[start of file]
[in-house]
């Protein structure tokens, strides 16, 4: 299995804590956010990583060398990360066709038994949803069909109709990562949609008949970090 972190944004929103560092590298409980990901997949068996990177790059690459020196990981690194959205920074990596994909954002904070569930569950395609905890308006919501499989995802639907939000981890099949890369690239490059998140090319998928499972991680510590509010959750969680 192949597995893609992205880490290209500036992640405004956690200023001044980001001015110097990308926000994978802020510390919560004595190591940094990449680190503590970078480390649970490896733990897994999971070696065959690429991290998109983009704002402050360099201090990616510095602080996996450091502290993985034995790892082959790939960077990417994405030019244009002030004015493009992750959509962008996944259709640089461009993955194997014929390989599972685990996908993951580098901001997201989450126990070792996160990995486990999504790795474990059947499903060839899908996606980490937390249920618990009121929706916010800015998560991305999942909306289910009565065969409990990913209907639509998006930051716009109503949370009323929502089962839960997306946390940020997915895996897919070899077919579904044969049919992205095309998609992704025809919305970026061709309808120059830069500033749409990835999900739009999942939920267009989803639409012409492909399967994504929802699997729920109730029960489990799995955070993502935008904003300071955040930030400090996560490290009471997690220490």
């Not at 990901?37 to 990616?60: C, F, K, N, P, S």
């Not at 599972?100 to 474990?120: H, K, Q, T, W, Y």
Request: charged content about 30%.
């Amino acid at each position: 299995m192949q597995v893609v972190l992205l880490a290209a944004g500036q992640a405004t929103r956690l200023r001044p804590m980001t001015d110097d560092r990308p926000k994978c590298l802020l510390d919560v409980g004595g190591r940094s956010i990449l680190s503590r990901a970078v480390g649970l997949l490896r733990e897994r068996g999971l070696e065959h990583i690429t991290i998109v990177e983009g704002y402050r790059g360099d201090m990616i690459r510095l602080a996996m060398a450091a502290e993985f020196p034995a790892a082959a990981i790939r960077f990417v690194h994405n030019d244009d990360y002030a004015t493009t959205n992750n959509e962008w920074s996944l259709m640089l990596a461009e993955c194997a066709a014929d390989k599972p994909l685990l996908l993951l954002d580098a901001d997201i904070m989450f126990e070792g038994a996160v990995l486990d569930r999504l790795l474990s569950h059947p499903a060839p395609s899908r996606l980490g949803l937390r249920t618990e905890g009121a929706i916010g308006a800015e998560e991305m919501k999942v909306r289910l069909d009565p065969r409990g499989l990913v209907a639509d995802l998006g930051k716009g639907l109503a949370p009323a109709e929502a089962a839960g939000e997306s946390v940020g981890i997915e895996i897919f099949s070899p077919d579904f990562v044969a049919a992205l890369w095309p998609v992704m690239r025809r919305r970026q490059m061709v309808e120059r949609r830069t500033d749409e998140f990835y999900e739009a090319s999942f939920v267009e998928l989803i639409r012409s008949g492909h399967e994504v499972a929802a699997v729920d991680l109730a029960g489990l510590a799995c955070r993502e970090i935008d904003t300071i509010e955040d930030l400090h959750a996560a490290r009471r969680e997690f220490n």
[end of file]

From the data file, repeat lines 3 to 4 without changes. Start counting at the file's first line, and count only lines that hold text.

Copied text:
């Not at 990901?37 to 990616?60: C, F, K, N, P, S």
């Not at 599972?100 to 474990?120: H, K, Q, T, W, Y």